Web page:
Arachidonic acid. The very word makes most nutritionists cringe. Many of us are taught to avoid it like the plague. Americans have developed an egg-phobia because of it (the misinterpretations of egg research will be reviewed in a later post). How can something that biochemically competes with our beloved omega 3s be good for us? Like many topics, oversimplification and acceptance of observational research seems to have led us astray.
In a recent study (1) by Ishikura et al. studied the effects of Arachidonic acid (AA) enriched triglyceride on elderly men. They selected 25 healthy Japanese men of average age 62.77 +/- 2.87 years. In a crossover design, subjects in the AA group received 600mg/day of AA enriched triglyceride (contains 240mg AA) for 1 month, while the other group received olive oil. With a 1 month washout period between, the groups then switched regimens for 1 month.
ERPs (Event-Related Potentials- a non-invasive method to evaluate neurophysiological disturbances associated with ageing and neurodegenerative disorders) were recorded before and after administration periods, and blood collected for hematological and biochemical parameters. The P300 component of ERPs was tested in this case- P300 latency (reflects changes in neural activity in development and ageing) is positively correlated with ageing in human adults, and P300 amplitude decreases with age.
Fatty acid content of phospholipids in serum were analyzed before and after administration periods.
The results showed that AA content in serum phospholipids increased in the AA group but not the olive oil group. DHA content in serum phospholipids was unchanged in both groups. All physical characteristics, hematological and biochemical parameters unchanged in both groups.
In the AA group, P300 latency was shortened, and P300 amplitude was increased, suggesting an improvement of age related declines in cognitive function and learning ability.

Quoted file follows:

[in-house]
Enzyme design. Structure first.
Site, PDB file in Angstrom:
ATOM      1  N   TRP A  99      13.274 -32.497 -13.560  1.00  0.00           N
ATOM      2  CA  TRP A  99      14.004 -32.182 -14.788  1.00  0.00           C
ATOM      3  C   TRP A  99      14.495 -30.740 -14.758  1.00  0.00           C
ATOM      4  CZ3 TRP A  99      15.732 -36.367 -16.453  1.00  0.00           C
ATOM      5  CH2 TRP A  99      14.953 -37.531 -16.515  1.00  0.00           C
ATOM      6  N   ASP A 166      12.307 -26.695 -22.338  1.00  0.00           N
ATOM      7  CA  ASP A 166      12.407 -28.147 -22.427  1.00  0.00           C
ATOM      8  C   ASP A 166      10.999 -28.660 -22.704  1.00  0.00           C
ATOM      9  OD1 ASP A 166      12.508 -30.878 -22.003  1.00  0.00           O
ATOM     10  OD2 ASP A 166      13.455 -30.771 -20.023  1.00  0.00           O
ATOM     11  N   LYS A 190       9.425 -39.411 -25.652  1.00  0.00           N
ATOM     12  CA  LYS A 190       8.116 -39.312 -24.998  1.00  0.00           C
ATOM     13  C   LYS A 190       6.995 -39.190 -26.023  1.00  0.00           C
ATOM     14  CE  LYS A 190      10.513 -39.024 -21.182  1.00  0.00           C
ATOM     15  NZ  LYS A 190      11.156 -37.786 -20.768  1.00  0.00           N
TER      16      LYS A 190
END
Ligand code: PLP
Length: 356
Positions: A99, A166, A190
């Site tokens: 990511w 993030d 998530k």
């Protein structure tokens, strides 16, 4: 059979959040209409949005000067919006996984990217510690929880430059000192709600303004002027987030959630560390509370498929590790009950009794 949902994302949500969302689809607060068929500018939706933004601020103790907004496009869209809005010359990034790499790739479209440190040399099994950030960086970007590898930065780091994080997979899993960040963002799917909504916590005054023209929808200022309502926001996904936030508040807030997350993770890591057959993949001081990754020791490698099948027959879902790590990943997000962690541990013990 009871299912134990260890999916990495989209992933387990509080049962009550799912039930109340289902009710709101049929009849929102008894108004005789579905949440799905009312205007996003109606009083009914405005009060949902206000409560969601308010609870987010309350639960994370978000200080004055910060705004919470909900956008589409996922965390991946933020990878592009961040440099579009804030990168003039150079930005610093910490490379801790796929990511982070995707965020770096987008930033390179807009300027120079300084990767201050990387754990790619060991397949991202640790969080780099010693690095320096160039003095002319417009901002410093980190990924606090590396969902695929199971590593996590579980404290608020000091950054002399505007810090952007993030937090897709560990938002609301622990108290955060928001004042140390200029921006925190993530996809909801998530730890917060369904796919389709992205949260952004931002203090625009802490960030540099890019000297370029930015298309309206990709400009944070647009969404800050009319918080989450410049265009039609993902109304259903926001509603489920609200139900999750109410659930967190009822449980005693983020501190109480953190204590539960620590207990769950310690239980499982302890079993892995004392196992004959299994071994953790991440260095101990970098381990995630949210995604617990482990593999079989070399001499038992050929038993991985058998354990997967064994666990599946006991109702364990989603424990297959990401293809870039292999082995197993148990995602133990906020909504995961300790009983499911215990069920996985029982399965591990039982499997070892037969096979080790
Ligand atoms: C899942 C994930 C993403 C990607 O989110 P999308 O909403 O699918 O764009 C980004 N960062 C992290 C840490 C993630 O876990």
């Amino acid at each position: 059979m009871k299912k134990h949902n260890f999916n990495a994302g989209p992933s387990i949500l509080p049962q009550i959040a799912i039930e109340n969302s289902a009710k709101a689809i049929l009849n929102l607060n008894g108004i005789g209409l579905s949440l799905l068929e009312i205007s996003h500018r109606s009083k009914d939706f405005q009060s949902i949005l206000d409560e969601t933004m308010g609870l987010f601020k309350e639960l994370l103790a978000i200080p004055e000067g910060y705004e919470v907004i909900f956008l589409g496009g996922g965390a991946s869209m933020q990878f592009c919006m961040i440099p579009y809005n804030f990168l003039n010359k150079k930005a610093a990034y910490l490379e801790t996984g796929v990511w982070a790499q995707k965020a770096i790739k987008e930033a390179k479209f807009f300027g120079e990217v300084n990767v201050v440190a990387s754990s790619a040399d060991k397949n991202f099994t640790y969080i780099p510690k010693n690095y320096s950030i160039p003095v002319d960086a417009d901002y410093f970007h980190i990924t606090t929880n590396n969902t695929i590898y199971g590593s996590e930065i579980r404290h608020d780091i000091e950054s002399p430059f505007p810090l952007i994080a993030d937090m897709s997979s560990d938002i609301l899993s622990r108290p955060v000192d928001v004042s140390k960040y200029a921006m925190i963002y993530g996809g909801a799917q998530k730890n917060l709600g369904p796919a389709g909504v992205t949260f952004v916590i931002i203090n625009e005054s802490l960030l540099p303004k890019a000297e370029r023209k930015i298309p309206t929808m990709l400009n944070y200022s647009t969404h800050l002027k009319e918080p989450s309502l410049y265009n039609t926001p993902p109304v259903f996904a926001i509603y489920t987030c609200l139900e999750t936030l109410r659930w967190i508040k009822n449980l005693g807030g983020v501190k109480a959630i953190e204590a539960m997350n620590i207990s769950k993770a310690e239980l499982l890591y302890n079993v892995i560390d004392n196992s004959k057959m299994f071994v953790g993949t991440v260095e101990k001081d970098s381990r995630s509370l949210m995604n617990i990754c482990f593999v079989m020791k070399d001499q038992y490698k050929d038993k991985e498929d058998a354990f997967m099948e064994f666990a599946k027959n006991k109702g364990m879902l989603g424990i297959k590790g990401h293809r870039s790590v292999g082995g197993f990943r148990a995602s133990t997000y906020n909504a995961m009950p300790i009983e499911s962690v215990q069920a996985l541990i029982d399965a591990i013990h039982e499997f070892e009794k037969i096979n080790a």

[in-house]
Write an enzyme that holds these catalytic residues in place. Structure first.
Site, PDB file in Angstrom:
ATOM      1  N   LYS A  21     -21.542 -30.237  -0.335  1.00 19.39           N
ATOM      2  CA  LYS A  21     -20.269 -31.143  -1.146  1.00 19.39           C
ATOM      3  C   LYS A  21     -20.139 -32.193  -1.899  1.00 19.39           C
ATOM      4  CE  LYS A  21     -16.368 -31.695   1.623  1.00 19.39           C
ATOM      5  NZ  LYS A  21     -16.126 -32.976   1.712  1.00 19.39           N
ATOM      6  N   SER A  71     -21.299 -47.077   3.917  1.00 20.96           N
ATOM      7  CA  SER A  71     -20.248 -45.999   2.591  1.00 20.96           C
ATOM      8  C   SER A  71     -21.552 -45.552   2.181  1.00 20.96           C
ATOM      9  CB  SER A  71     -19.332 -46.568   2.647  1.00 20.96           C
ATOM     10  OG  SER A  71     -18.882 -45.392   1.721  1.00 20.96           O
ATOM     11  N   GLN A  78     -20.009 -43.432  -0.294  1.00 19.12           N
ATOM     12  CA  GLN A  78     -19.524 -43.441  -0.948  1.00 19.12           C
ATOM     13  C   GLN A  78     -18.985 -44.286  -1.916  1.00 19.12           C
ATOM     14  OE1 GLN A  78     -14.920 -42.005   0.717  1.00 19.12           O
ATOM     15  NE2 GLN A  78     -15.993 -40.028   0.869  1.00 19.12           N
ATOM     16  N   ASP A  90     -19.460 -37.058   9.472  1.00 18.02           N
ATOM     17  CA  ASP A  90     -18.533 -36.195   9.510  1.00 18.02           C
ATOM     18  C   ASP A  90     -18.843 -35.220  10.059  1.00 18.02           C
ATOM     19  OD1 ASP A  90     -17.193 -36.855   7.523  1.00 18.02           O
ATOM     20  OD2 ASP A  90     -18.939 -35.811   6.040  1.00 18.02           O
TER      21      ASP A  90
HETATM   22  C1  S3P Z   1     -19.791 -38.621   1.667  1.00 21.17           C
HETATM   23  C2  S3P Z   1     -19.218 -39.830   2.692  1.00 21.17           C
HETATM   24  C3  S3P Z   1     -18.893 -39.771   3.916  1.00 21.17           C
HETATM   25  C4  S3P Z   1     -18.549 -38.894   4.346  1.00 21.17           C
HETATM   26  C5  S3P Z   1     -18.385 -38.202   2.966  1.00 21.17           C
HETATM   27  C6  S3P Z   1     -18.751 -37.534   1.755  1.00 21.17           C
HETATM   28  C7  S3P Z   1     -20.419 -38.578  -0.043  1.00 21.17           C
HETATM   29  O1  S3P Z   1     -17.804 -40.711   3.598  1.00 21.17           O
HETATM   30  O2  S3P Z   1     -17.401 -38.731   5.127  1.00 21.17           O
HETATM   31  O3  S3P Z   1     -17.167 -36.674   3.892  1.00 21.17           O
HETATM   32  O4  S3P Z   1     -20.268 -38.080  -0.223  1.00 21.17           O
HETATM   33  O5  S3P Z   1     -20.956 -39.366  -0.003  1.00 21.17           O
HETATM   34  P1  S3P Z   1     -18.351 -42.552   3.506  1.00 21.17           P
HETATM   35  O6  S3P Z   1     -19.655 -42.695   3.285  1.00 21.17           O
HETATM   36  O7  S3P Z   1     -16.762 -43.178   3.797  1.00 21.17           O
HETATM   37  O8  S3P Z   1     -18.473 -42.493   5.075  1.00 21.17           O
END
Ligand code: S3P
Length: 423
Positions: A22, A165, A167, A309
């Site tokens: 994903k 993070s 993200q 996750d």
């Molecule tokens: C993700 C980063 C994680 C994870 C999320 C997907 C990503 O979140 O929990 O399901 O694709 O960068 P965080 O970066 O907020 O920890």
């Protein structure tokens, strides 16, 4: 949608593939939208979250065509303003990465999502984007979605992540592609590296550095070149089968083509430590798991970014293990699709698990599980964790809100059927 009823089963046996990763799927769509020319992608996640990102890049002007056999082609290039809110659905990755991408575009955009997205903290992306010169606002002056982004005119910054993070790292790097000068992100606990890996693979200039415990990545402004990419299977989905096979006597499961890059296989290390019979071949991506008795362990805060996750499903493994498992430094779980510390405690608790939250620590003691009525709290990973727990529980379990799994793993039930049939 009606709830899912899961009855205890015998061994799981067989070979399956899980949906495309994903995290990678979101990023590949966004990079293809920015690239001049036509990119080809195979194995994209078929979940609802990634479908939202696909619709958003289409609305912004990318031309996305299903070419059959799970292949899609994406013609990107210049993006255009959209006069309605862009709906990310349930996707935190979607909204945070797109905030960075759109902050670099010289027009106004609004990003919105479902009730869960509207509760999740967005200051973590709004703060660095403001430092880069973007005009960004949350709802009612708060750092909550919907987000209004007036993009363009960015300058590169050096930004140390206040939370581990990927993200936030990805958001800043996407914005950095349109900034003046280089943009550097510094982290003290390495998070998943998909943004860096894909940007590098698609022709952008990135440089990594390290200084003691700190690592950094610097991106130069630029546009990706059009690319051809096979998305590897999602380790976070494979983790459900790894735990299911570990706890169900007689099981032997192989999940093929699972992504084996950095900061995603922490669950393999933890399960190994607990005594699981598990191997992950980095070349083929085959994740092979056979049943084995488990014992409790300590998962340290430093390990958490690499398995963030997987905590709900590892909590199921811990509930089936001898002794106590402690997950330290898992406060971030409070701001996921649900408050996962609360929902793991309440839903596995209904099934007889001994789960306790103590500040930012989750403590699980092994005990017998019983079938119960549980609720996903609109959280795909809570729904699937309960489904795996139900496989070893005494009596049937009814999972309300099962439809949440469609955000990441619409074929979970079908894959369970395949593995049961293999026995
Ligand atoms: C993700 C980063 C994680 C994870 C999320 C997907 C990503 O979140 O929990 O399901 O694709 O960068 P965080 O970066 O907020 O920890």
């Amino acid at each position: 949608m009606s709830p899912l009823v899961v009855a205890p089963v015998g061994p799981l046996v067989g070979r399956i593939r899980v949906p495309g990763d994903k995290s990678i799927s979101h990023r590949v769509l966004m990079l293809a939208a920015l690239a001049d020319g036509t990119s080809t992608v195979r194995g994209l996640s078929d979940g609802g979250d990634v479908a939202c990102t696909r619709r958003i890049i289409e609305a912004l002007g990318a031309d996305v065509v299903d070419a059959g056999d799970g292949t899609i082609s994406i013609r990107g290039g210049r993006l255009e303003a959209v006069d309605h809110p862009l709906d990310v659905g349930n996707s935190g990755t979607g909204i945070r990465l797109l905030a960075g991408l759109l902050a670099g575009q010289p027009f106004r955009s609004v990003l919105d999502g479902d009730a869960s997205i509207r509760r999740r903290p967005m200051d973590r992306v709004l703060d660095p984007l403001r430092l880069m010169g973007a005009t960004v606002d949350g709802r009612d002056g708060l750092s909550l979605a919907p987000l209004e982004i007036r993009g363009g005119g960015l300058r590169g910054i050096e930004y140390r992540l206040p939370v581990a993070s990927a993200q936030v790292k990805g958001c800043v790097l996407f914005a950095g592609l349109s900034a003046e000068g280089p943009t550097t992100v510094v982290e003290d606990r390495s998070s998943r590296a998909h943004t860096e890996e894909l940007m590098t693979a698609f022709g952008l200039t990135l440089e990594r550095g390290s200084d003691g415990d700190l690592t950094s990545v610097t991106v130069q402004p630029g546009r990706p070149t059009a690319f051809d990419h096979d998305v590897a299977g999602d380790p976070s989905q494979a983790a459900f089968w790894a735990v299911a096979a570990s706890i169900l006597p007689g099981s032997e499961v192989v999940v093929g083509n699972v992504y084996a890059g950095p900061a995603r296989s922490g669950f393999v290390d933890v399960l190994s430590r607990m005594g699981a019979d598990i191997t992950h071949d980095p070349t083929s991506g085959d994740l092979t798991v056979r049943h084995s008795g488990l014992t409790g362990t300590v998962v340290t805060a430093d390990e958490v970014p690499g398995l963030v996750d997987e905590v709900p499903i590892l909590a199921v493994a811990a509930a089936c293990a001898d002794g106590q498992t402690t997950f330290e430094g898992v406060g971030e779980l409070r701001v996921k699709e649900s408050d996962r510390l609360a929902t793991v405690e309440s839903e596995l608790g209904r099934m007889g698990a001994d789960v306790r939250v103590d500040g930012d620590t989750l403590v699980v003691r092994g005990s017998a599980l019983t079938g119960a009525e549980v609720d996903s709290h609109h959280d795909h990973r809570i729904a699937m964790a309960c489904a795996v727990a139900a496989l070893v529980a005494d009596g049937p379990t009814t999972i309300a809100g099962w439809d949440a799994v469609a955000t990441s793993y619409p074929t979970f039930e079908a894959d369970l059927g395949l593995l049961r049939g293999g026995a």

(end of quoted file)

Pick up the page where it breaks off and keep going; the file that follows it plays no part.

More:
Another study suggests that AA may contribute to trigger synaptogenesis, possibly explaining the results of the study.
The authors highlight the previous research that shows a lower AA content in membrane phospholipids in aged animals when compared to young ones. In these models, with ageing spatial cognition and learning ability are decreased as well as AA and DHA content of cerebral phospholipids, and recovery of abilities occurs with addition of AA and DHA.
“We plan to examine the effects of ARA-enriched triglyceride, a safe food without adverse drug reactions, on mild cognitive impairment or dementia due to Alzheimer’s disease”
AA is found mostly in meats, eggs, and fish, and average estimated intake on a Western like diet is 50mg-300mg per day.
In elderly adults who may have difficulty eating these foods because of trouble chewing, swallowing, or preparing, this is a promising simple supplemental addition that may slow cognitive decline with ageing.
Ishikura Y, Ikeda G, Akimoto K, Hata M, Kusumoto A, Kidokoro A, Kontani M, Kawashima H, Kiso Y, & Koga Y (2009). Arachidonic Acid Supplementation Decreases P300 Latency and Increases P300 Amplitude of Event-Related Potentials in Healthy Elderly Men. Neuropsychobiology, 60 (2), 73-79 PMID: 19752581